What protects lesbian, gay, bisexual and transgender (LGBT) youths from considering suicide and, conversely, what makes them most vulnerable to it? The question is of paramount concern because these youths are at least twice as likely to attempt suicide than heterosexual youths, prompting the national "It Gets Better Project" with encouraging video messages from such public figures as Lady Gaga and President Barack Obama.
We recently published the first longitudinal study to look at suicide ideation and self-harm in this population and we found that support from friends and family offers the most protection in preventing youth from thinking about suicide. Adolescents who know they can talk to their parents about problems and know they have friends who care about them are less likely to consider ending their lives.
Adolescents most likely to consider killing themselves and engage in self-harm behaviors are those who are harassed and bullied for being gay. Unfortunately, about 94% of LGBT youths have had at least one experience in which people said cruel things to them, spit on them, destroyed their property and threatened or assaulted them—all related to them being gay, according to some of our prior research.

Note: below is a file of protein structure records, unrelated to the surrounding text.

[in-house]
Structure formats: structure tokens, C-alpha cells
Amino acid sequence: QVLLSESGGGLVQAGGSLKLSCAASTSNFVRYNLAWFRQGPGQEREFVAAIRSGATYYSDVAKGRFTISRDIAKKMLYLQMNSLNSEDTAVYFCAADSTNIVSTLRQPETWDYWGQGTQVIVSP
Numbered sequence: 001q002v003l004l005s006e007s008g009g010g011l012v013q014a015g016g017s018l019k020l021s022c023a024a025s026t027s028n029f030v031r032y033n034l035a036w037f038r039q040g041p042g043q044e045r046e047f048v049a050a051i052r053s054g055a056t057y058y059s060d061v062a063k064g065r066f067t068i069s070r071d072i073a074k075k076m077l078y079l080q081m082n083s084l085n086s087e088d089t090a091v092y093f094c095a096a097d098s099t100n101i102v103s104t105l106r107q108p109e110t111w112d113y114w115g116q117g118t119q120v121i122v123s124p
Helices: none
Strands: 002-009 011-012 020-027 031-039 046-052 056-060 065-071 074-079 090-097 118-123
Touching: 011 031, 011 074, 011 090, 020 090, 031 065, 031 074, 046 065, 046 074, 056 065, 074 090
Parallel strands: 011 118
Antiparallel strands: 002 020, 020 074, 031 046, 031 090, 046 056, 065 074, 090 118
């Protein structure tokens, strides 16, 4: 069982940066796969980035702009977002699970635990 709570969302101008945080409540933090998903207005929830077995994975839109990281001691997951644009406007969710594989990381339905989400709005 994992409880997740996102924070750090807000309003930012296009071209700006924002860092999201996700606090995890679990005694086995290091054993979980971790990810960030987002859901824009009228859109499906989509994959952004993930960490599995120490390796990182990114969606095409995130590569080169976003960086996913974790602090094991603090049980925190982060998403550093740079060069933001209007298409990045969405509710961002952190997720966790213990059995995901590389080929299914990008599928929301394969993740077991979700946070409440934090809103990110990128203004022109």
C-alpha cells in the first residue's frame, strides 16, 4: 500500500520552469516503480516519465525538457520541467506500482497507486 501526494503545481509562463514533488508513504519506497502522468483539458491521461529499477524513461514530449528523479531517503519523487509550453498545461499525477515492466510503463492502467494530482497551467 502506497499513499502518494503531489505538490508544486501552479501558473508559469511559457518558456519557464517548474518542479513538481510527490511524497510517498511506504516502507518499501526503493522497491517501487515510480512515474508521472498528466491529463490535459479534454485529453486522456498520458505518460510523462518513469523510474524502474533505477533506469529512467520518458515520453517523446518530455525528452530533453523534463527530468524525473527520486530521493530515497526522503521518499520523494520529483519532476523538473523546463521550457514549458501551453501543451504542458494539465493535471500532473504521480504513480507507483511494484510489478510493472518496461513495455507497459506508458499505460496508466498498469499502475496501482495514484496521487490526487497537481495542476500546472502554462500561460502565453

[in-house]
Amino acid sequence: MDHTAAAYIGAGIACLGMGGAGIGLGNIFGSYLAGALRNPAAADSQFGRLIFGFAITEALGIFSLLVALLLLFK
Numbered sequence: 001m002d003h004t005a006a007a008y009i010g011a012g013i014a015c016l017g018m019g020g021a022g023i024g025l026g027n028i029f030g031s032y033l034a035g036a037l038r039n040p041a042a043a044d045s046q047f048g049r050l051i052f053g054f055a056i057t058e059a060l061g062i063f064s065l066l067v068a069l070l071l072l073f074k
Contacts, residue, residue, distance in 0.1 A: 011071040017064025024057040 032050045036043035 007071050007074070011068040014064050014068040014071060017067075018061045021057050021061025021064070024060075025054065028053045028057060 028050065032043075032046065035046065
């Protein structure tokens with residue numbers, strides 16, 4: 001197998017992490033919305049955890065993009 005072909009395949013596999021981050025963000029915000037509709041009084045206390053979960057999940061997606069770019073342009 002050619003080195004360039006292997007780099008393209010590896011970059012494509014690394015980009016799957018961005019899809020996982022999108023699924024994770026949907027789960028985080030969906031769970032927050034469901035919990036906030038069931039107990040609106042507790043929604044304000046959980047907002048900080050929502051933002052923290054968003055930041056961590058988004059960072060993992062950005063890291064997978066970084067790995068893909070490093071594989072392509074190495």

Suicidal thoughts are a key predictor of a suicide attempt. Cutting behaviors also are a risk factor. Previous studies of LGBT adolescents have primarily looked at their risk of making suicide attempts as compared to heterosexual youth, rather than predictors that make them vulnerable to it or protect them from it. Our research shows how critical it is for these young people to have social support and for schools to have programs to reduce bullying.
I published this study, along with my co-Author Dr. Richard Liu, in the American Journal of Preventive Medicine. For the 2 1/2-year study, 246 LGBT youths, ages 16 to 20 at enrollment, were interviewed at five time points, six months apart. Other important risk factors included hopelessness, being female, and having made a past suicide attempt.
Below is a video describing the study and our findings.